One must always beware of making hasty generalisations when talking about young people, and you can confirm or add to my remarks according to your cultural backgrounds. However, we can identify common traits in the psychology and sociology of young people all over the world…These young people have weak points, but they are still receptive, ready to help and generous. They are not burdened by ideologies like previous generations were. They seek authentic relationships and are in search of truth. However, when they do not find it in reality, they hope to find it within themselves. This kind of attitude predisposes them to depend on feelings and on individualism and to put social ties and their sense of what is in the general interest at their service. The social context is not conducive to the development of a real spiritual dimension. However, they are ready to dedicate themselves to any demanding causes that may arise.

Pierre Godeau

The film’s official news release includes some very thoughtful insights from Godeau. It was published in French and the translation below is not perfect, but still beautiful.

The Character Juliette

As I said, I do not know how this character came to me. This I know is that I wanted to talk about my generation of young people who benefit the present moment because the company sells their model of immediate happiness. So when Juliette is imposed, I watched the way he had left to go and the obstacles that stood before her to become an adult. A real hero. How will she realize the long term when the instability becomes standard? What is the procedure for she managed to accomplish? Does the real fantasies or she leaves dictate a world increasingly formatted and gimmicky? And it was a way for me to go into the unknown… it’s me.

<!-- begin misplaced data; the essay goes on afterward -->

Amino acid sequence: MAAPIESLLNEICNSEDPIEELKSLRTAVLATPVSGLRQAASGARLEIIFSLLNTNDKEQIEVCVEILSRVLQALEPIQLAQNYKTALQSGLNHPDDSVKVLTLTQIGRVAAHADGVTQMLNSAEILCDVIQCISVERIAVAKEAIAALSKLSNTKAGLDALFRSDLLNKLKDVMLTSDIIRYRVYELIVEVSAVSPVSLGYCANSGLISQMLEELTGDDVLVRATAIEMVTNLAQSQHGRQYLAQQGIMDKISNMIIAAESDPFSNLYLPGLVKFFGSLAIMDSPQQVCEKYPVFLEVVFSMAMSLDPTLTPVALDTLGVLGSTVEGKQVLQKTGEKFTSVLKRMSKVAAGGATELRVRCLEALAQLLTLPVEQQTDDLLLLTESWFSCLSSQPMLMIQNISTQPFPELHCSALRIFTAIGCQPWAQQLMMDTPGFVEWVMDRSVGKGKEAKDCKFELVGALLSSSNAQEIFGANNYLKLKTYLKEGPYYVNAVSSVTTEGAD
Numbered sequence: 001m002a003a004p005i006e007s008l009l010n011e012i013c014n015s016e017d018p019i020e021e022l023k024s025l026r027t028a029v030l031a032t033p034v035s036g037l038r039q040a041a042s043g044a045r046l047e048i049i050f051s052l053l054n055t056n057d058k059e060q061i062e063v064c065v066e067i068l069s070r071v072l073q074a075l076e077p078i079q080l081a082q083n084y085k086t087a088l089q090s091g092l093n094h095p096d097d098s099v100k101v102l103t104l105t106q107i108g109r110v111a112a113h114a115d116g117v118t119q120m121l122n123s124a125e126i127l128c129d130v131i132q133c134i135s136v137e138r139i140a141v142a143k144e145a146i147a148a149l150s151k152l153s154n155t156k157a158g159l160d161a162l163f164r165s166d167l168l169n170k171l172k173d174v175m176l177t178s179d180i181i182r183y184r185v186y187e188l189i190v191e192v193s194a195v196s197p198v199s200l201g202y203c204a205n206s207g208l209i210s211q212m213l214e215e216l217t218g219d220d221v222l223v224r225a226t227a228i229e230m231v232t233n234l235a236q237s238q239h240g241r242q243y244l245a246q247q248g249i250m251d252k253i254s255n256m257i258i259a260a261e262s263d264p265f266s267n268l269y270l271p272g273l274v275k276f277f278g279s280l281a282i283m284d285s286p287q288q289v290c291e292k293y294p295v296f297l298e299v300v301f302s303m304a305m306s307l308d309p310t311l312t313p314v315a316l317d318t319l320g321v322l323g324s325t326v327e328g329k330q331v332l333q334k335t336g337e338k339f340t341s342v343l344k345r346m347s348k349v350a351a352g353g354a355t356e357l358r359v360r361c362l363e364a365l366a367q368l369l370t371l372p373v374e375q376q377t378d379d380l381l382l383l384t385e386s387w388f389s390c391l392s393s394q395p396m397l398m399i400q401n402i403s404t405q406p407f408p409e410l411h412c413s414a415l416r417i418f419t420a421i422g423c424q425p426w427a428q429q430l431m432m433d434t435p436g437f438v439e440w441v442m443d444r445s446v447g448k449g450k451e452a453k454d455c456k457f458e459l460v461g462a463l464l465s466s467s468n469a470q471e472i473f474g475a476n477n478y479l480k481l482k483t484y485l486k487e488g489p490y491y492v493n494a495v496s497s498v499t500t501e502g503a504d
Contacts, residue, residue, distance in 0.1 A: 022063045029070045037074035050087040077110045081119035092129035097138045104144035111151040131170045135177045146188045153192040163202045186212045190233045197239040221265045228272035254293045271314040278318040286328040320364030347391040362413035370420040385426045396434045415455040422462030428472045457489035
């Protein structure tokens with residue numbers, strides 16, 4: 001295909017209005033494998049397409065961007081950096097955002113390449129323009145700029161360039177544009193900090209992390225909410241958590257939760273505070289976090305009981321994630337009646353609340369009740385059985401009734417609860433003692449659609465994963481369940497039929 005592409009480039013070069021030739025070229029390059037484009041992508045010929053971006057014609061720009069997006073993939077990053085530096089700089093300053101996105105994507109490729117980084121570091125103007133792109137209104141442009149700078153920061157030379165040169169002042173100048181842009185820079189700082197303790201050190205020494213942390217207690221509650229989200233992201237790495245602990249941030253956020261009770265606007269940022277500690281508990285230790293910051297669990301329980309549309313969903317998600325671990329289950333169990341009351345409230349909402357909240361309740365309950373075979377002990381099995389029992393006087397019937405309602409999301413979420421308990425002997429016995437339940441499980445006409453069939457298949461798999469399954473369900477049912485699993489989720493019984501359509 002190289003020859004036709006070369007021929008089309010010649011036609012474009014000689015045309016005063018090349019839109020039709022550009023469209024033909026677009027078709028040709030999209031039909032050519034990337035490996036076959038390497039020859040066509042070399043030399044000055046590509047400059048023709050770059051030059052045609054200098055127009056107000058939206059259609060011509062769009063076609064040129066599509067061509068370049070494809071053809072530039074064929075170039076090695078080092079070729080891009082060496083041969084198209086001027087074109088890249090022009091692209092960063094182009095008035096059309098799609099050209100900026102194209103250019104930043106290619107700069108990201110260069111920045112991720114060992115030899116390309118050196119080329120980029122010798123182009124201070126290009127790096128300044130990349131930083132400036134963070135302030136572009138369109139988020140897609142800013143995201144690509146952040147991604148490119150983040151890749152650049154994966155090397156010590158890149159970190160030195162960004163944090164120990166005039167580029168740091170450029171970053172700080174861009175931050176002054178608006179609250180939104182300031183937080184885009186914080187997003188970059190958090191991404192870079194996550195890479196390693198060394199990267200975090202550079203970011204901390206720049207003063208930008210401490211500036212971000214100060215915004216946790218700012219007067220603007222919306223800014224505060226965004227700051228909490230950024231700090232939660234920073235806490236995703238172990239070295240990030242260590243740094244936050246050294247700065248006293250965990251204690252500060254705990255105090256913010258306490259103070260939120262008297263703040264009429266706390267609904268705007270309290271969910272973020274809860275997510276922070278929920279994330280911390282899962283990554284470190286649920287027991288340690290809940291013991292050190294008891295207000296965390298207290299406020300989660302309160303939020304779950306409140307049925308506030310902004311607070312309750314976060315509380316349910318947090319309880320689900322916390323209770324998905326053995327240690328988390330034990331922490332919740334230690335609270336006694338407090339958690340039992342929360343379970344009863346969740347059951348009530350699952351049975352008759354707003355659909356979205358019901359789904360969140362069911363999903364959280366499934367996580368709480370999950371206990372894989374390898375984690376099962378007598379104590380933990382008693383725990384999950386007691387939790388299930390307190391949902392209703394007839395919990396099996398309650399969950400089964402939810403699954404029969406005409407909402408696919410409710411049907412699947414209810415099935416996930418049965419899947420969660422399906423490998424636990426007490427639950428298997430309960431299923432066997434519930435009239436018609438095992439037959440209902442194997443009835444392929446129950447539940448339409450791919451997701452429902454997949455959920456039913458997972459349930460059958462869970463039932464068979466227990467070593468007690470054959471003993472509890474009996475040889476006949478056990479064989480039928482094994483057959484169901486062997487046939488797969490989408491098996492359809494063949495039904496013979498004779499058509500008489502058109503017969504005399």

The Floating Generation

The film is, in fact, the chronicle of a wandering…With a latency period. Empty. In-between. Juliette, floating character, okay. His life is very busy but full of … nothing. Before we finished his studies, there were work, we took an apartment. Today, my Spanish friends, because of the crisis, looking for a job and still live with their parents. My French friends, they, strung training until the age of 30 years. They have no status. They left the bank of adolescence – and watch the other one where tomorrow he will live – but they remain patronized. In fairness, I chose to include Juliette in my environment. I did not feel not the legitimacy of the propel another.

Juliette le Film Links

Juliette, The Film, on Facebook
Soundtrack to Juliette on Spotify  including the song in the trailer, Too Insistent, by The Dø, A French/Finnish indie pop band.
Pierre Godeau on Facebook
Juliette le Film Press Kit

 

Official Poster: Juliette

Official Poster: Juliette

What are your favorite Generation Y movies?

Comments

  1. says

    The generation arriving into the workforce now in France really has it tough. It is putting pressure on French people in their 50’s – they are made to feel that they should be pushed out so that the graduates can have their jobs. It is not good all around. The economy is really making it difficult times for all.